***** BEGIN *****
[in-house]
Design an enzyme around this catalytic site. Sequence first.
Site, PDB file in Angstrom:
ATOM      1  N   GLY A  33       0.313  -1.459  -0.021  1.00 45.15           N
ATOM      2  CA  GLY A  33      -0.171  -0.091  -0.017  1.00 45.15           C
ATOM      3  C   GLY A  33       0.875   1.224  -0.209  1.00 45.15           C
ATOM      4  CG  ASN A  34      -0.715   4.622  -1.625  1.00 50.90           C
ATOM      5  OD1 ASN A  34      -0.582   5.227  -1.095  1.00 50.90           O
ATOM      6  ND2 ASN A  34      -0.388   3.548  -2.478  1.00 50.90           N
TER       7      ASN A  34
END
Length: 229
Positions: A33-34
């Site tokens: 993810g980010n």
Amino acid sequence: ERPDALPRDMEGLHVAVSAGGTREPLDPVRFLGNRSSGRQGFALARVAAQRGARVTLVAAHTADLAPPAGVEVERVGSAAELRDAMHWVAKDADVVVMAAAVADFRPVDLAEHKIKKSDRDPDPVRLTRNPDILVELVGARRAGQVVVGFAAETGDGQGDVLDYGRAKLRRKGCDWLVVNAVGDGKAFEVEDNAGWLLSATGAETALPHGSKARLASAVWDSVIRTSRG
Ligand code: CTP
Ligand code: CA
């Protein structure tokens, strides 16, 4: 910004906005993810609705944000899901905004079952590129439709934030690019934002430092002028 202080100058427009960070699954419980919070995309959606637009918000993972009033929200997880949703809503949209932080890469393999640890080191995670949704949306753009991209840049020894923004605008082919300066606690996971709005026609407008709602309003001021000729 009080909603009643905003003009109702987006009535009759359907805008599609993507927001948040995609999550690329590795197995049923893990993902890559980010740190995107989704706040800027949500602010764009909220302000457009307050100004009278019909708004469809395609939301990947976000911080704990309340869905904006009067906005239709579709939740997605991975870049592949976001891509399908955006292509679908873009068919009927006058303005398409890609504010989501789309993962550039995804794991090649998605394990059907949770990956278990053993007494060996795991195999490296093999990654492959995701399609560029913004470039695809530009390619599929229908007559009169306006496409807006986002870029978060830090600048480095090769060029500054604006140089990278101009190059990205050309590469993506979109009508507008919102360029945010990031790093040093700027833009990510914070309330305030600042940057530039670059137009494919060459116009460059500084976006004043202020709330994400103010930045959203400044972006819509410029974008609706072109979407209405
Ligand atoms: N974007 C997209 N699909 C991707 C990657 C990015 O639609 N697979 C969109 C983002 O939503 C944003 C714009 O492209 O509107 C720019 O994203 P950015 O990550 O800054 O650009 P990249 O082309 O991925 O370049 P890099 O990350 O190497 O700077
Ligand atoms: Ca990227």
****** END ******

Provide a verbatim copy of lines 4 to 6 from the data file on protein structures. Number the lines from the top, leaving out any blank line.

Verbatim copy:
ATOM      1  N   GLY A  33       0.313  -1.459  -0.021  1.00 45.15           N
ATOM      2  CA  GLY A  33      -0.171  -0.091  -0.017  1.00 45.15           C
ATOM      3  C   GLY A  33       0.875   1.224  -0.209  1.00 45.15           C